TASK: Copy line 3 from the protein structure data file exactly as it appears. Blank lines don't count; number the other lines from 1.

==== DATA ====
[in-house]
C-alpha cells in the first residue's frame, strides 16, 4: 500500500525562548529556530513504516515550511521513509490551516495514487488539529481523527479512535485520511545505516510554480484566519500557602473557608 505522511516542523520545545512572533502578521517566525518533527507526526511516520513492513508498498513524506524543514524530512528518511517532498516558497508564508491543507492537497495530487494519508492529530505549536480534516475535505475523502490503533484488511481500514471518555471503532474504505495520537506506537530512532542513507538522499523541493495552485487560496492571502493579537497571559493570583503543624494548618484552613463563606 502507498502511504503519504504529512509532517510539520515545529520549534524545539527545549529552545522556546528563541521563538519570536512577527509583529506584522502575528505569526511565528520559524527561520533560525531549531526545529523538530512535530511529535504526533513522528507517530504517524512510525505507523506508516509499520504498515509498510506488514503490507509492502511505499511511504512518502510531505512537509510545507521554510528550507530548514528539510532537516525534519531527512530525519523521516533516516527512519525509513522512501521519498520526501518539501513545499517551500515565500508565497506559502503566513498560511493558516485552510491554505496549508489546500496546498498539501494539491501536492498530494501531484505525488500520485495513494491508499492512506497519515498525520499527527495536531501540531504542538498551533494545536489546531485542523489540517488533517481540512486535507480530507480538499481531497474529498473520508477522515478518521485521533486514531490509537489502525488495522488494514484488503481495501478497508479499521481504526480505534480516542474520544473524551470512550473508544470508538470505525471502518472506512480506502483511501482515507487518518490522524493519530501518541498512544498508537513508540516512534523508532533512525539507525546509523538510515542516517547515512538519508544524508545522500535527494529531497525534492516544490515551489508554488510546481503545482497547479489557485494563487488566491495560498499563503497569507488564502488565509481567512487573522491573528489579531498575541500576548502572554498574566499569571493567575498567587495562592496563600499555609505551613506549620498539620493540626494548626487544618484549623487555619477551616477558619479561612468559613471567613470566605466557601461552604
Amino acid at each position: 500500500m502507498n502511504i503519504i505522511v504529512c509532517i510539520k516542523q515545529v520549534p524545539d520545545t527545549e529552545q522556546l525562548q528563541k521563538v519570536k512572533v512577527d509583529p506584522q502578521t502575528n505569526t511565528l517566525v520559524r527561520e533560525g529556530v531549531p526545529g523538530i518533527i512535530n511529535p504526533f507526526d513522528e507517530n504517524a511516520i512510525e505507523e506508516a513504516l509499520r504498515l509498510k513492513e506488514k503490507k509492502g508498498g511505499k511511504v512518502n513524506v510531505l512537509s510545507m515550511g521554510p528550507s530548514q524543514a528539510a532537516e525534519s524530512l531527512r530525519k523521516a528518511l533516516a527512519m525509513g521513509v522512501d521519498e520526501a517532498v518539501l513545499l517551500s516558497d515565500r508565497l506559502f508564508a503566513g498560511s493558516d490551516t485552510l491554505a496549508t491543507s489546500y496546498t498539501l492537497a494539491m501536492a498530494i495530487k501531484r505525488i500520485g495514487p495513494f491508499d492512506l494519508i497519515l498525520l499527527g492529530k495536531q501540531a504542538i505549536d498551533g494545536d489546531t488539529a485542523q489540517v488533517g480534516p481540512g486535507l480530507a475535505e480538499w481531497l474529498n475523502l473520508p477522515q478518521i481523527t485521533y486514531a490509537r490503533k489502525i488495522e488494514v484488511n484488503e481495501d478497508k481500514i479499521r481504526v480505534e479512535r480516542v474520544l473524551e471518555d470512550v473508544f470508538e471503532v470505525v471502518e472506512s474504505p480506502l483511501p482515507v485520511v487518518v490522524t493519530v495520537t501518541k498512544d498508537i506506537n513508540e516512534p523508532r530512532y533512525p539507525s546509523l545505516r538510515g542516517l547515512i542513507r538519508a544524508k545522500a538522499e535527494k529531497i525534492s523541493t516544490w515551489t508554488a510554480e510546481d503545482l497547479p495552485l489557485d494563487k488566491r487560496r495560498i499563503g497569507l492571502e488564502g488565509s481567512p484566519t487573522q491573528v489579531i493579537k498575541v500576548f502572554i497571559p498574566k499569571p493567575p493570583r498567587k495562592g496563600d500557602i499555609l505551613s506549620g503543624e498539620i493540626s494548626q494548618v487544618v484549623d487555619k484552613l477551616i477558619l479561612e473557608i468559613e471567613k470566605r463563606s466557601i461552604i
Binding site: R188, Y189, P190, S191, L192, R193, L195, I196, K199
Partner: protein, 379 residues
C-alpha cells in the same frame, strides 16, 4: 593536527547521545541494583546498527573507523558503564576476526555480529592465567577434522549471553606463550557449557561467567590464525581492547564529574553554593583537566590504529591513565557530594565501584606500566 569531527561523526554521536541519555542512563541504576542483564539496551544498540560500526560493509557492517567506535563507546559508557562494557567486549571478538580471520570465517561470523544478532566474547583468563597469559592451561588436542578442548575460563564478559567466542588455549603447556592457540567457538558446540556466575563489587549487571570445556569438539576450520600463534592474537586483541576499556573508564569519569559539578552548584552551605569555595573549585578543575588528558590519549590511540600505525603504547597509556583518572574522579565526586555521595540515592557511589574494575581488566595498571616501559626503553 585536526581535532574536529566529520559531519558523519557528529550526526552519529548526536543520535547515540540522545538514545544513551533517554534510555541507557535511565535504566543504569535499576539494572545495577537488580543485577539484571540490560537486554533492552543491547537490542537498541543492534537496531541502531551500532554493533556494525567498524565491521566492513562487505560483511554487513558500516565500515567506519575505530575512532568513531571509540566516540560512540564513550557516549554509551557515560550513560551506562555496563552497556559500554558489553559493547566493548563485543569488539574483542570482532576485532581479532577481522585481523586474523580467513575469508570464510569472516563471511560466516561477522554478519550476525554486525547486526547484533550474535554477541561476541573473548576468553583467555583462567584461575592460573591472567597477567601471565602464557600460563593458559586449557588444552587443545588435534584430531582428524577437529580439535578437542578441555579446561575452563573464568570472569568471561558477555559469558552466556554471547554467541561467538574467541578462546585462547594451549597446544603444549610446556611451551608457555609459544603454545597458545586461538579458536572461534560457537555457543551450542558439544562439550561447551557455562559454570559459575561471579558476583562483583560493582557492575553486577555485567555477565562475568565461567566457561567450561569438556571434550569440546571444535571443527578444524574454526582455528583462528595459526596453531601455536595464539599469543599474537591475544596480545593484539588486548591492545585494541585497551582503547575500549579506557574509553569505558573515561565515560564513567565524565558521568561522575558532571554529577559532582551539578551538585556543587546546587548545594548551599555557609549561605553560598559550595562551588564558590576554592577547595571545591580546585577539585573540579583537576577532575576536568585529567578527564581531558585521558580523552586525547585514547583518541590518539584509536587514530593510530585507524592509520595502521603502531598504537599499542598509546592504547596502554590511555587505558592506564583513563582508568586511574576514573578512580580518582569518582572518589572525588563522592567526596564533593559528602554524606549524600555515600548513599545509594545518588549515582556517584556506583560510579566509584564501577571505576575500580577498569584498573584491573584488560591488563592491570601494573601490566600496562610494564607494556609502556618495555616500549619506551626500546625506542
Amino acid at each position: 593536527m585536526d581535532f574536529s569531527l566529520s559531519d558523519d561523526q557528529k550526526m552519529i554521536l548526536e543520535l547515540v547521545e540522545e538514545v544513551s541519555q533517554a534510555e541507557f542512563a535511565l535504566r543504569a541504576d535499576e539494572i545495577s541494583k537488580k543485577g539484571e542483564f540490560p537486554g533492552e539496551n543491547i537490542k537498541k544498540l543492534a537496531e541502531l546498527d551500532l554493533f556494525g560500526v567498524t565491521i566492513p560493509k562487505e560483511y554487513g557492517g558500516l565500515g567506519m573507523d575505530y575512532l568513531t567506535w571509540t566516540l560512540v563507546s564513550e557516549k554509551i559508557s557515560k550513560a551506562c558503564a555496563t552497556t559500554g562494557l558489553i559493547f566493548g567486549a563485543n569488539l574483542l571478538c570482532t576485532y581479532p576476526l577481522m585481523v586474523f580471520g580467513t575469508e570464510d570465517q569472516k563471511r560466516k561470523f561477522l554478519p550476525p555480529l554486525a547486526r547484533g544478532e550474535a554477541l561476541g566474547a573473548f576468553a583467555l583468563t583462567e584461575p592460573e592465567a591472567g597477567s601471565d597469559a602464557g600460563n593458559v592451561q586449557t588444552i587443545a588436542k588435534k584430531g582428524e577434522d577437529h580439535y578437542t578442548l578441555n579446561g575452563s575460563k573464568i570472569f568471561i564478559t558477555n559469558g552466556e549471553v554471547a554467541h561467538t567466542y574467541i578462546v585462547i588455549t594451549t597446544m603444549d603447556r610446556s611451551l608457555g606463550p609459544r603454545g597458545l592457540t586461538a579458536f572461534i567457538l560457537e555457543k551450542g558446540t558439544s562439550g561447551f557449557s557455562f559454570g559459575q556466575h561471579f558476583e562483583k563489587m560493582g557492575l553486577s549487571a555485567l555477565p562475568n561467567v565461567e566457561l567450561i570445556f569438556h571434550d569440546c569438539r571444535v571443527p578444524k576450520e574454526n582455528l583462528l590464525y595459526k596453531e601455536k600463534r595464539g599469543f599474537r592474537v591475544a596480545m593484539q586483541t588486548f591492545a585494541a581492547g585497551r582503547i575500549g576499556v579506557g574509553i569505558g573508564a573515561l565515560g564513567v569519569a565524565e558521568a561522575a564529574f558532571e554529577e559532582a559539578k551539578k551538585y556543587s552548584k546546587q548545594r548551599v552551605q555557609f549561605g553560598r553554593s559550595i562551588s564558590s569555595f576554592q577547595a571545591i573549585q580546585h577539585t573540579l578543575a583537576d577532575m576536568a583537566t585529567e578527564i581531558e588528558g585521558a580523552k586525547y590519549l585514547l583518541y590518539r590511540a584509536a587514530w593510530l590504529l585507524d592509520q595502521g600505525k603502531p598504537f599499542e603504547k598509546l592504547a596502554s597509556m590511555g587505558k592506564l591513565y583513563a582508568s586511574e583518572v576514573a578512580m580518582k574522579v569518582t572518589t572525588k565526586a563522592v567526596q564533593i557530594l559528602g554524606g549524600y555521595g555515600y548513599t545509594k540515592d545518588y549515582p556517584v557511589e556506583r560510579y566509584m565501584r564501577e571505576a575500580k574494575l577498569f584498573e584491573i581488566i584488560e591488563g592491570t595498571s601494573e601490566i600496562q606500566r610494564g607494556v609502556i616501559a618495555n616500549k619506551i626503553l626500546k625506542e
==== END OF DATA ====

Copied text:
Amino acid at each position: 500500500m502507498n502511504i503519504i505522511v504529512c509532517i510539520k516542523q515545529v520549534p524545539d520545545t527545549e529552545q522556546l525562548q528563541k521563538v519570536k512572533v512577527d509583529p506584522q502578521t502575528n505569526t511565528l517566525v520559524r527561520e533560525g529556530v531549531p526545529g523538530i518533527i512535530n511529535p504526533f507526526d513522528e507517530n504517524a511516520i512510525e505507523e506508516a513504516l509499520r504498515l509498510k513492513e506488514k503490507k509492502g508498498g511505499k511511504v512518502n513524506v510531505l512537509s510545507m515550511g521554510p528550507s530548514q524543514a528539510a532537516e525534519s524530512l531527512r530525519k523521516a528518511l533516516a527512519m525509513g521513509v522512501d521519498e520526501a517532498v518539501l513545499l517551500s516558497d515565500r508565497l506559502f508564508a503566513g498560511s493558516d490551516t485552510l491554505a496549508t491543507s489546500y496546498t498539501l492537497a494539491m501536492a498530494i495530487k501531484r505525488i500520485g495514487p495513494f491508499d492512506l494519508i497519515l498525520l499527527g492529530k495536531q501540531a504542538i505549536d498551533g494545536d489546531t488539529a485542523q489540517v488533517g480534516p481540512g486535507l480530507a475535505e480538499w481531497l474529498n475523502l473520508p477522515q478518521i481523527t485521533y486514531a490509537r490503533k489502525i488495522e488494514v484488511n484488503e481495501d478497508k481500514i479499521r481504526v480505534e479512535r480516542v474520544l473524551e471518555d470512550v473508544f470508538e471503532v470505525v471502518e472506512s474504505p480506502l483511501p482515507v485520511v487518518v490522524t493519530v495520537t501518541k498512544d498508537i506506537n513508540e516512534p523508532r530512532y533512525p539507525s546509523l545505516r538510515g542516517l547515512i542513507r538519508a544524508k545522500a538522499e535527494k529531497i525534492s523541493t516544490w515551489t508554488a510554480e510546481d503545482l497547479p495552485l489557485d494563487k488566491r487560496r495560498i499563503g497569507l492571502e488564502g488565509s481567512p484566519t487573522q491573528v489579531i493579537k498575541v500576548f502572554i497571559p498574566k499569571p493567575p493570583r498567587k495562592g496563600d500557602i499555609l505551613s506549620g503543624e498539620i493540626s494548626q494548618v487544618v484549623d487555619k484552613l477551616i477558619l479561612e473557608i468559613e471567613k470566605r463563606s466557601i461552604i